More particularly, the computer system 10 includes, among other things, a processor 20, a random access memory (RAM) 21, a non-volatile memory 22 (for example, a writable read-only memory (ROM) such as a flash ROM), a hard drive controller 23, a video controller 31, a display controller 35, and an input/output (I/O) controller 24 coupled by a processor (CPU) bus 25. The system 10 may be preprogrammed, e.g., in ROM, or it may be programmed (and reprogrammed) by loading the program 15 from another source, such as a floppy disk, a CD-ROM, or another computer.
The hard drive controller 23 is coupled to a hard disk 33 suitable for storing executable computer programs, including the graphics-based program 15, and data files 17, including text and multimedia files containing information to be displayed in multi-level tool tips. The video controller 31 may be coupled to a video recorder (not shown), which may be used for storing and importing video footage and for writing final output. The I/O controller 24 is coupled by means of an I/O bus 26 to an I/O interface 27. The I/O interface 27 receives and transmits data (e.g., stills, pictures, movies, and animations for importing into a composition) in analog or digital form over communication links such as a serial link, local area network, wireless link, or parallel link. Also typically coupled to the I/O bus 26 are a display 28, a keyboard 29, a network interface card (NIC) 30, a pointing device such as a mouse 34, and a modem 32 for connecting the system 10 to another computer or to a computer network, e.g., to an Internet service provider (ISP) or an on-line service provider (OSP). Alternatively, separate connections (i.e., separate buses) may be used for some of the components connected to the I/O bus 26, including the I/O interface 27, the display 28 and the keyboard 29.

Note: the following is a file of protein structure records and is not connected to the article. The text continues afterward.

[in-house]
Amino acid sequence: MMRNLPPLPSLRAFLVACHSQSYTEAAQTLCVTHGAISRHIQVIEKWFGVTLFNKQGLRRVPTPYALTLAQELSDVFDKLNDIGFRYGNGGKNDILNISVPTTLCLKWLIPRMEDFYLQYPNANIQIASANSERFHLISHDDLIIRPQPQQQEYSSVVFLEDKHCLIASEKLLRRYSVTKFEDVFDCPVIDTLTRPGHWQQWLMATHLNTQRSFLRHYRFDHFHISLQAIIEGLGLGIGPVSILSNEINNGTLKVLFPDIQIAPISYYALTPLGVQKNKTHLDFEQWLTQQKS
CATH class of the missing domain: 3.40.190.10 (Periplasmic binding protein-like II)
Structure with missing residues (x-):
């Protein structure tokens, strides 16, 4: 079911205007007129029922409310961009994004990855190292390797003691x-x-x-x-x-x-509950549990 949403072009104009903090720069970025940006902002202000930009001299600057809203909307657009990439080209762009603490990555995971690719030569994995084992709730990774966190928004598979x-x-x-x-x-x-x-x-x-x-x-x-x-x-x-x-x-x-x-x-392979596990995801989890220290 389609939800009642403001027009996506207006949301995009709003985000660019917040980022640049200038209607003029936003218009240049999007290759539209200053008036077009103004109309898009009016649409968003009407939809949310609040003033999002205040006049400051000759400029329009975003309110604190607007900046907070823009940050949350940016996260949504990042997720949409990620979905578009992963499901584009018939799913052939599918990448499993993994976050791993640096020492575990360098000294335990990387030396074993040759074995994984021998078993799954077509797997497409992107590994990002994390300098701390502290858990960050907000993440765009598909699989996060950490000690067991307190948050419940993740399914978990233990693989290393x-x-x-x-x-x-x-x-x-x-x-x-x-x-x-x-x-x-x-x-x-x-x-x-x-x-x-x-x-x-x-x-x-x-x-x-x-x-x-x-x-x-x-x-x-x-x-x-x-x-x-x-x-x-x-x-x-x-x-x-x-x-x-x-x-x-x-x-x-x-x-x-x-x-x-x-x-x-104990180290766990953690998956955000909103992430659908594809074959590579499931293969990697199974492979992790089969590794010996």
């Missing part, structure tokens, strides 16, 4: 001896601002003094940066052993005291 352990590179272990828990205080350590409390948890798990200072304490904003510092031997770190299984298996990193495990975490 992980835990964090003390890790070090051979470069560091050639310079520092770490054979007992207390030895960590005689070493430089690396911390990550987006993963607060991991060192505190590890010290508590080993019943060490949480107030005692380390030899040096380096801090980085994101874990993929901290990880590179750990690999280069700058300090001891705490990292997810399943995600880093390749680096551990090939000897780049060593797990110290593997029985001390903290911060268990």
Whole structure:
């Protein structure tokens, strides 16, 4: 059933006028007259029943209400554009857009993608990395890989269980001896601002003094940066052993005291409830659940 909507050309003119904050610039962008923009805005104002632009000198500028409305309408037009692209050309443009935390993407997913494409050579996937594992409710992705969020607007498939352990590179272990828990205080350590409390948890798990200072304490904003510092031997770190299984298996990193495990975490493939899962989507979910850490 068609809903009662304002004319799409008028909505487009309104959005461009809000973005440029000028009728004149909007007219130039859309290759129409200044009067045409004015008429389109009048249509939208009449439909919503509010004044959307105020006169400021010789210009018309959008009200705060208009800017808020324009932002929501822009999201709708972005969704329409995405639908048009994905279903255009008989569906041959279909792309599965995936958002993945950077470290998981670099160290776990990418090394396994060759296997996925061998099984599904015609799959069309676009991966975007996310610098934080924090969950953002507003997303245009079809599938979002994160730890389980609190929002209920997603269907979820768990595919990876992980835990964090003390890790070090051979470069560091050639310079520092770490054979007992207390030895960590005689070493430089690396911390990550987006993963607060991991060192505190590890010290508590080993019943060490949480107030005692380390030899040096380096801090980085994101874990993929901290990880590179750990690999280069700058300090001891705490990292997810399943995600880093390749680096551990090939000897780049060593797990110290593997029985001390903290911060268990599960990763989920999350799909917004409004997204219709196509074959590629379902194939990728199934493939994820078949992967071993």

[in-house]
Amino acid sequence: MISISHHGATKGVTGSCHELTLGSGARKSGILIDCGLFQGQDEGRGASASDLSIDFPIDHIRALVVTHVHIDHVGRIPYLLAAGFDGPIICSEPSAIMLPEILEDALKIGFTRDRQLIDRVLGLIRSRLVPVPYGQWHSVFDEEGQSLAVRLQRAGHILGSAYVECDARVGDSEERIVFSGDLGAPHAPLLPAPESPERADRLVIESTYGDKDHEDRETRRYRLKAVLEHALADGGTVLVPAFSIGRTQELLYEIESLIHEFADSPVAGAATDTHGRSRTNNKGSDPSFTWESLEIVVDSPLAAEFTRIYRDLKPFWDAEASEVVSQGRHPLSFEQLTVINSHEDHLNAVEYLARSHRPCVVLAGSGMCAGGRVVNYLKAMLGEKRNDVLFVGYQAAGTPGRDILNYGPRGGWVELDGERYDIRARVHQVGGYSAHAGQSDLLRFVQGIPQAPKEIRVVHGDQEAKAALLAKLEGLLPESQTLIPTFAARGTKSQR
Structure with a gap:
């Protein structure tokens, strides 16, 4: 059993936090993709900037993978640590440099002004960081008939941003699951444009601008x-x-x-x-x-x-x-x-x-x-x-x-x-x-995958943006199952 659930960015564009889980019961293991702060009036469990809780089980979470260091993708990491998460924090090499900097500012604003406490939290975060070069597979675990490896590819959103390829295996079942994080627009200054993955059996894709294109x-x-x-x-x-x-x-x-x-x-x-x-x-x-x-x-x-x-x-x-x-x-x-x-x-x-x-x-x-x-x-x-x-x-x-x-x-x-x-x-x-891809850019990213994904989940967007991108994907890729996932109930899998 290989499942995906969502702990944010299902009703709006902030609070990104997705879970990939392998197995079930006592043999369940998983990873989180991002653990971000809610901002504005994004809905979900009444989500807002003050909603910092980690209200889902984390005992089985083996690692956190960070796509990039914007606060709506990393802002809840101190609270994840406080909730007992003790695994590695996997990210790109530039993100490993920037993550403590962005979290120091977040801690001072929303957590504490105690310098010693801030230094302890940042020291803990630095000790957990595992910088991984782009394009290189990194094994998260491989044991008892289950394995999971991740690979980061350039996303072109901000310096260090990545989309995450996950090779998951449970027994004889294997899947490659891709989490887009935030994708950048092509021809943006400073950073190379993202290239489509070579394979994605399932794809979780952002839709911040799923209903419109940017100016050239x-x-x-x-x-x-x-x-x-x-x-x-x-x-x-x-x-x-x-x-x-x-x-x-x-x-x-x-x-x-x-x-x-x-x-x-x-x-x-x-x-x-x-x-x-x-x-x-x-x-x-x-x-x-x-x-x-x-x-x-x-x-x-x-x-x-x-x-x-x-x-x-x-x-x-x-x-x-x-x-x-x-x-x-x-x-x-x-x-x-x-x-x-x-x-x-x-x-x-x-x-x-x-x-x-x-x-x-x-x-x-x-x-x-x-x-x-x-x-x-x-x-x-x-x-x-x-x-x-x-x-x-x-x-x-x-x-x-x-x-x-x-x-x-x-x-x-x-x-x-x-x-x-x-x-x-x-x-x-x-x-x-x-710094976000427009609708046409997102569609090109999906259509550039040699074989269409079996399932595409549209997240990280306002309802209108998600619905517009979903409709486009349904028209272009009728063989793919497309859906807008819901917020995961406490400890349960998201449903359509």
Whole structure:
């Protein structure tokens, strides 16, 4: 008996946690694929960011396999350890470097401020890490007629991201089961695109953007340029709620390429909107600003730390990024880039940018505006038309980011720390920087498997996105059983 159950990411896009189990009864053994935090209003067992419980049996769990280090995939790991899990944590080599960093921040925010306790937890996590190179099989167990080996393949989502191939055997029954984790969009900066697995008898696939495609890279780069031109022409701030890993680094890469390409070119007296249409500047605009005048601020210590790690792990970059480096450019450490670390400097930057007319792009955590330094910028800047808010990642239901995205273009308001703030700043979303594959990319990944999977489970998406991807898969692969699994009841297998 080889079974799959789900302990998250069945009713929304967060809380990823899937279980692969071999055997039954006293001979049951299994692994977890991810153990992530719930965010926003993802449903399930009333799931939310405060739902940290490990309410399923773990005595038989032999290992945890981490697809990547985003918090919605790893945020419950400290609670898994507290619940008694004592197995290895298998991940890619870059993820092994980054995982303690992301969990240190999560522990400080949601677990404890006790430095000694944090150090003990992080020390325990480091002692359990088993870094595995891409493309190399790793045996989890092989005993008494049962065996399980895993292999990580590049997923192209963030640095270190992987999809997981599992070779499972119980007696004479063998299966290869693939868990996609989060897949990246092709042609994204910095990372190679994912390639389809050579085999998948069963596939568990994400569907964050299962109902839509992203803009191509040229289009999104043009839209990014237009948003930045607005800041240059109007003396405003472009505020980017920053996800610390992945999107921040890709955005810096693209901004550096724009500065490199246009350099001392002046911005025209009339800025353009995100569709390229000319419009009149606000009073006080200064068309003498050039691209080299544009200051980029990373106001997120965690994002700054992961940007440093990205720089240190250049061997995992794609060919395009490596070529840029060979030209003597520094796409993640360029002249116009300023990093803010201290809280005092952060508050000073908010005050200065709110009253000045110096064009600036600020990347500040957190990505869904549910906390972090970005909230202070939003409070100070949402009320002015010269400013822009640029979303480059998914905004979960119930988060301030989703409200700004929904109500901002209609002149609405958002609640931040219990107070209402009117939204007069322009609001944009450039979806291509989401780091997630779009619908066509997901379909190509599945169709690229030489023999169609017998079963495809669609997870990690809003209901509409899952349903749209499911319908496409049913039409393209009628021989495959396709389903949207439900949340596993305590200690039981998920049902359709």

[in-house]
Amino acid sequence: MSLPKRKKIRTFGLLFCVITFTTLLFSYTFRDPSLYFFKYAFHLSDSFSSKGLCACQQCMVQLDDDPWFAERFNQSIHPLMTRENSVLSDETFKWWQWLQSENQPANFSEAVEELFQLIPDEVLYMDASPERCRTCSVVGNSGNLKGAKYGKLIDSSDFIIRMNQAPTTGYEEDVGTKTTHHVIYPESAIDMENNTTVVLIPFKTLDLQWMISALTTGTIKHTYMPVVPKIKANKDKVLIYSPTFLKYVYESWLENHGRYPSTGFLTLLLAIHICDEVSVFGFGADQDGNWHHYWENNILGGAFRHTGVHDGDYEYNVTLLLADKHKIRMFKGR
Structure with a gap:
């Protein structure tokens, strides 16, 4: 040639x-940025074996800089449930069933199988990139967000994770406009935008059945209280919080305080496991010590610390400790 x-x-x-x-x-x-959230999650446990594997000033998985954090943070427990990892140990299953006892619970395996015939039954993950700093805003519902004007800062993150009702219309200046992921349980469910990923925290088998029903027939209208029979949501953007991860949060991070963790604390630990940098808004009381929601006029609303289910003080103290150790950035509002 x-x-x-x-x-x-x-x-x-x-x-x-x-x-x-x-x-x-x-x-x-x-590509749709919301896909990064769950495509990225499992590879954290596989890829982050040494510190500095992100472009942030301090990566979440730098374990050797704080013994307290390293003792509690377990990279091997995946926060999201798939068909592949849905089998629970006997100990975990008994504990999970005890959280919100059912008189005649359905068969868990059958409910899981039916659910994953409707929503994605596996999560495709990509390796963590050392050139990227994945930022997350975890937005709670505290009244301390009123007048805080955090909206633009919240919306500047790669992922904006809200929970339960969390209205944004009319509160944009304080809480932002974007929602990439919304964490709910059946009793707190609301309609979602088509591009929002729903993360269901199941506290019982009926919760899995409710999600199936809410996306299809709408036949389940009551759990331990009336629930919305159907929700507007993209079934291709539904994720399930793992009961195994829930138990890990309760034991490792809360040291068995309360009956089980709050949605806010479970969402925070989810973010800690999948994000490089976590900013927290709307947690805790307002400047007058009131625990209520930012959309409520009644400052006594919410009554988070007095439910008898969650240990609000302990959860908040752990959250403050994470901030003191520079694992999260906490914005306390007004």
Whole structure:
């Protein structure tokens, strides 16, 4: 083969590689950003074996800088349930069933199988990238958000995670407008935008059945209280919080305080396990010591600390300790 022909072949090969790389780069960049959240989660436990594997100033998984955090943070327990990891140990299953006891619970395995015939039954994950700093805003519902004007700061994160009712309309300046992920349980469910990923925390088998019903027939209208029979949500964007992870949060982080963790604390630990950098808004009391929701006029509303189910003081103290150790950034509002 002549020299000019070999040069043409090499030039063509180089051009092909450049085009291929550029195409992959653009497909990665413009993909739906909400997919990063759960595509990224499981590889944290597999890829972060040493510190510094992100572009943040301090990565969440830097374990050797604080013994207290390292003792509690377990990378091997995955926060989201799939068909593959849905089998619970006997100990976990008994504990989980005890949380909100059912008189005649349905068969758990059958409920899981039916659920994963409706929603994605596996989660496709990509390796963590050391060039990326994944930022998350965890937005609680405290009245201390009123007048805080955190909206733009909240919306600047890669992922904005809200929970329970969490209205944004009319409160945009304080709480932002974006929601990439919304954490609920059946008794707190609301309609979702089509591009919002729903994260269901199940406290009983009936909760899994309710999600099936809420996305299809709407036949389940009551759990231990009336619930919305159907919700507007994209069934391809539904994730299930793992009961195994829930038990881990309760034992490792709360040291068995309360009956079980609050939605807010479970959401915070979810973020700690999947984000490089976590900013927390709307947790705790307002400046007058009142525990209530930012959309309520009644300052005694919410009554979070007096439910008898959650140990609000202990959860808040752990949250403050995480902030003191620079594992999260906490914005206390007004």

A number of embodiments of the present invention have been described. Nevertheless, it will be understood that various modifications may be made without departing from the spirit and scope of the invention. For example, while multi-level tool tips have been described as providing information derived from one or more files (e.g., text or multimedia files) stored with the programs containing the tool tips, the information may originate with virtually any source, including, e.g., an Internet resource accessible through hyperlinks in the tool tips. Also, the multiple levels of a multi-level tool tip may be used to provide different types of information, instead of relatively more or less information, about the associated program function. Furthermore, while a multi-level tool tip has been shown in the figures as appearing adjacent a cursor, the tool tip could appear anywhere on the screen. For example, the position of the tool tip may be fixed on the screen, in a containing window, relative to the cursor, or relative to the icon or control beneath the cursor. One or more of the multiple tip levels may appear concurrently on the display, e.g., in cascaded fashion. Cascaded tips may disappear at the same time, or they may have staggered timeouts intervals so that they disappear at different times, e.g., sequentially in the order that they appeared. Accordingly, other embodiments are within the scope of the following claims.
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|U.S. Classification||715/711, 715/767, 715/856, 715/808|
|International Classification||G06F3/023, G06F3/033, G06F3/048|
|Cooperative Classification||G06F3/04895, G06F3/0481|
|European Classification||G06F3/0489G, G06F3/0481|
|Mar 16, 1998||AS||Assignment|
Owner name: ADOBE SYSTEMS INCORPORATED, CALIFORNIA
Free format text: ASSIGNMENT OF ASSIGNORS INTEREST;ASSIGNORS:CLARK, W. DAVID;LEWIS, LANCE;MCRAE, W. THOMAS;AND OTHERS;REEL/FRAME:009041/0204;SIGNING DATES FROM 19980219 TO 19980223